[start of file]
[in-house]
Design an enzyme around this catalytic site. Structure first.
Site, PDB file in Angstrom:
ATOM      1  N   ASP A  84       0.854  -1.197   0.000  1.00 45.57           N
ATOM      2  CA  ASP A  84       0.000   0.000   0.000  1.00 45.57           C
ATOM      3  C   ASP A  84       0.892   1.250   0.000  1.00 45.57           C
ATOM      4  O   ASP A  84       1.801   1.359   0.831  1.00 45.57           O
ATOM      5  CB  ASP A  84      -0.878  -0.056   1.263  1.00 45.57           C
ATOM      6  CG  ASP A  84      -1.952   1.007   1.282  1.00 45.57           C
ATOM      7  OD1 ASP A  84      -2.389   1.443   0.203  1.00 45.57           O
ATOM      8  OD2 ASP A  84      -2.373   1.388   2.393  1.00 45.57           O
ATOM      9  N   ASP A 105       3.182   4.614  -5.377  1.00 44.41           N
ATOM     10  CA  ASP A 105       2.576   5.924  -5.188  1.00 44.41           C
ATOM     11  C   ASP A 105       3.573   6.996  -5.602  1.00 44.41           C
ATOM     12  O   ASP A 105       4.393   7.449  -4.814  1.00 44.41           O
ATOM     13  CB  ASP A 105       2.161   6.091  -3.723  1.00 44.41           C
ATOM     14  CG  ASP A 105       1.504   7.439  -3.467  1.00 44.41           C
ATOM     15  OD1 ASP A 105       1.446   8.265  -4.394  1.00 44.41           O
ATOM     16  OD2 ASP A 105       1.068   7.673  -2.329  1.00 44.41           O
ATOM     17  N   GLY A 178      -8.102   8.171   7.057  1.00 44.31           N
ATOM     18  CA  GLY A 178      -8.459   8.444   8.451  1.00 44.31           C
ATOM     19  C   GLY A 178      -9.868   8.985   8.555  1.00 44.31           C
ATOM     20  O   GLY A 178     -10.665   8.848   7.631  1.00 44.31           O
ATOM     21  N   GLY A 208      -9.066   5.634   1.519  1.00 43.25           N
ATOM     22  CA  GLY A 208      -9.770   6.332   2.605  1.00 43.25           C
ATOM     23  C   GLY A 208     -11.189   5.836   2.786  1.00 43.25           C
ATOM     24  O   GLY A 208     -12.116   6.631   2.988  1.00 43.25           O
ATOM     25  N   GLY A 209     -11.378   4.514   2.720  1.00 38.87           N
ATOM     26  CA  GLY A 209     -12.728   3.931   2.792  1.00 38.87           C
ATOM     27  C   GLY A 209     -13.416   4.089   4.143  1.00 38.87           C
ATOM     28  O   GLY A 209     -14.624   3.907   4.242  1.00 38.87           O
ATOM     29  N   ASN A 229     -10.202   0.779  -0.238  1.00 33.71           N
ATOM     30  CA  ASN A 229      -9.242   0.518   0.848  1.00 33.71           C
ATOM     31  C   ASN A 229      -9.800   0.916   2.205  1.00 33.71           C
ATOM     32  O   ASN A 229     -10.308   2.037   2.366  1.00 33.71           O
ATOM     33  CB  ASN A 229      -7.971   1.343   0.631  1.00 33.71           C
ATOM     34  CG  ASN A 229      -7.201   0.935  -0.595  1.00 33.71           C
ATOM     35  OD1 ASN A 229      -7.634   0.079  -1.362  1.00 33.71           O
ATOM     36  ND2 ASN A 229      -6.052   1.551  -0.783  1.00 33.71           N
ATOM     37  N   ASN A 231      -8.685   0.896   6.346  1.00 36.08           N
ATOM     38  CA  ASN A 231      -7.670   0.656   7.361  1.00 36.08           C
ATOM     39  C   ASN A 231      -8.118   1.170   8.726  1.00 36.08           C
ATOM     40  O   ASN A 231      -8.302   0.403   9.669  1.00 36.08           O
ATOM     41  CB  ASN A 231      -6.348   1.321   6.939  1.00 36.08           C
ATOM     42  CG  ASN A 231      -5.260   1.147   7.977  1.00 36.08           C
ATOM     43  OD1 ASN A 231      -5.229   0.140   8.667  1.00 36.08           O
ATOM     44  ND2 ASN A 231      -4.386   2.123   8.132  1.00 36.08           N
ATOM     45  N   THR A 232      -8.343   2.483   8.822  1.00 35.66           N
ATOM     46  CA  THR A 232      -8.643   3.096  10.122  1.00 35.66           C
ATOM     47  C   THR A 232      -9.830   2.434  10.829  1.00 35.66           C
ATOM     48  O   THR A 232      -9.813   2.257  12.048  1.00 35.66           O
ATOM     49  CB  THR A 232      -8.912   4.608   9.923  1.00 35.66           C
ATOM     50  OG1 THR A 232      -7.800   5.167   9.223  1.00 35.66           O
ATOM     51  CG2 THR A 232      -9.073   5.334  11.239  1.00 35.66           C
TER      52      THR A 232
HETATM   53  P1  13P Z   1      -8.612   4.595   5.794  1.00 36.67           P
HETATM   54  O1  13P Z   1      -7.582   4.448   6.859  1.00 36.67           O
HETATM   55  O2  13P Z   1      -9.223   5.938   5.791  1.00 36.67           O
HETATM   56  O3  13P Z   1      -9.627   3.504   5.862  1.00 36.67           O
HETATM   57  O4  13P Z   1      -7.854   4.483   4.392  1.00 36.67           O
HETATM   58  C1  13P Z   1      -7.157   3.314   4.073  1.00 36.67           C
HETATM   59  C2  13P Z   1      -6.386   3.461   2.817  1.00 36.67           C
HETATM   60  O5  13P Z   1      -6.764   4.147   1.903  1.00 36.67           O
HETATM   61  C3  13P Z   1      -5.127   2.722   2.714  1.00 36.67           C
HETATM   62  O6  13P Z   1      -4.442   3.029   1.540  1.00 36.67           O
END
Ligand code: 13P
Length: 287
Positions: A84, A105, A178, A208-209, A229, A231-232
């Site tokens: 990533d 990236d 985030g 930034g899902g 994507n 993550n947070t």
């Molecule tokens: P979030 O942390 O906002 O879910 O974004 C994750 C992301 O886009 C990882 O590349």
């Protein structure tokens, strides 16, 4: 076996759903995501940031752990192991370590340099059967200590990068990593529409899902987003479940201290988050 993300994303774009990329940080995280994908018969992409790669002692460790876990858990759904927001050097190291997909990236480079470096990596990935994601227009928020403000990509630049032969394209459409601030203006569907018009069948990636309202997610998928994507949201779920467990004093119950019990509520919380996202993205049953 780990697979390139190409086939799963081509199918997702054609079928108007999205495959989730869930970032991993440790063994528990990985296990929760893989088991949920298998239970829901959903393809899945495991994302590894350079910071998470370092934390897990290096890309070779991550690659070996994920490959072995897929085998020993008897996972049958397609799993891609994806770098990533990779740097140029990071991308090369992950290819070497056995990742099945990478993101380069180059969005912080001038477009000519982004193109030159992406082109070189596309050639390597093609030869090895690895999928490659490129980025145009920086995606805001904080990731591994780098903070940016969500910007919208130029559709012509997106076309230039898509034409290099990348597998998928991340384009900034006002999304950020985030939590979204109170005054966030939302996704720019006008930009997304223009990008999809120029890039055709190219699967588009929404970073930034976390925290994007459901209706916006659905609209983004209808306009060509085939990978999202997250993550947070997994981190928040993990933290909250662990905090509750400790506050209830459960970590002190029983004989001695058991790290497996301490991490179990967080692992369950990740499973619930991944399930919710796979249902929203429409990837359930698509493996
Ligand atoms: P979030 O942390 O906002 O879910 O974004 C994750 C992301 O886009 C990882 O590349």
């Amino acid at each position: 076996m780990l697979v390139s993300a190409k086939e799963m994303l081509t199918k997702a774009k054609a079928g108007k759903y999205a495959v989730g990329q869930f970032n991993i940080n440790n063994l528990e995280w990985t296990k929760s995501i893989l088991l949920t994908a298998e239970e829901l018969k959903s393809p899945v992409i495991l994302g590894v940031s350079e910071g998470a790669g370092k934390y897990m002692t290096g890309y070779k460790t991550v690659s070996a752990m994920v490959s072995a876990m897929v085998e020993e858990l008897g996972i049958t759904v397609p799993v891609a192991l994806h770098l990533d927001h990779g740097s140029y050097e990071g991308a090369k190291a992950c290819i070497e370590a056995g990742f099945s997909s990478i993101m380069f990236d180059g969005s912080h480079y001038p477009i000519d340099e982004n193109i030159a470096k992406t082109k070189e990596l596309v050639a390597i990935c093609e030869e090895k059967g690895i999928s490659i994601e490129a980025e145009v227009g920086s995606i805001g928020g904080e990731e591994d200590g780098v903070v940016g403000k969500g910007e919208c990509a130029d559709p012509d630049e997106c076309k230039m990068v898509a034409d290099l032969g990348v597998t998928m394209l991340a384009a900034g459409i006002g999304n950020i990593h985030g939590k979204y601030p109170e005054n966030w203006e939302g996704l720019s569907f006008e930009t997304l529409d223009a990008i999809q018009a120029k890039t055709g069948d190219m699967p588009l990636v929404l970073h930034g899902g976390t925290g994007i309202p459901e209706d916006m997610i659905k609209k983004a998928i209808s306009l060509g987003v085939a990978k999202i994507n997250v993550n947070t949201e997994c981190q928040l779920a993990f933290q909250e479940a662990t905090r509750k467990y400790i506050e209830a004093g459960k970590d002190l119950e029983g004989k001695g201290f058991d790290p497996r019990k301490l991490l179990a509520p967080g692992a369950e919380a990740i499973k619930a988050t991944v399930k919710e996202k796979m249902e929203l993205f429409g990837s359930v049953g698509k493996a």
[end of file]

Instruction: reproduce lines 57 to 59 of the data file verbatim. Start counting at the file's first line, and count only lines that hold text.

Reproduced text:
HETATM   54  O1  13P Z   1      -7.582   4.448   6.859  1.00 36.67           O
HETATM   55  O2  13P Z   1      -9.223   5.938   5.791  1.00 36.67           O
HETATM   56  O3  13P Z   1      -9.627   3.504   5.862  1.00 36.67           O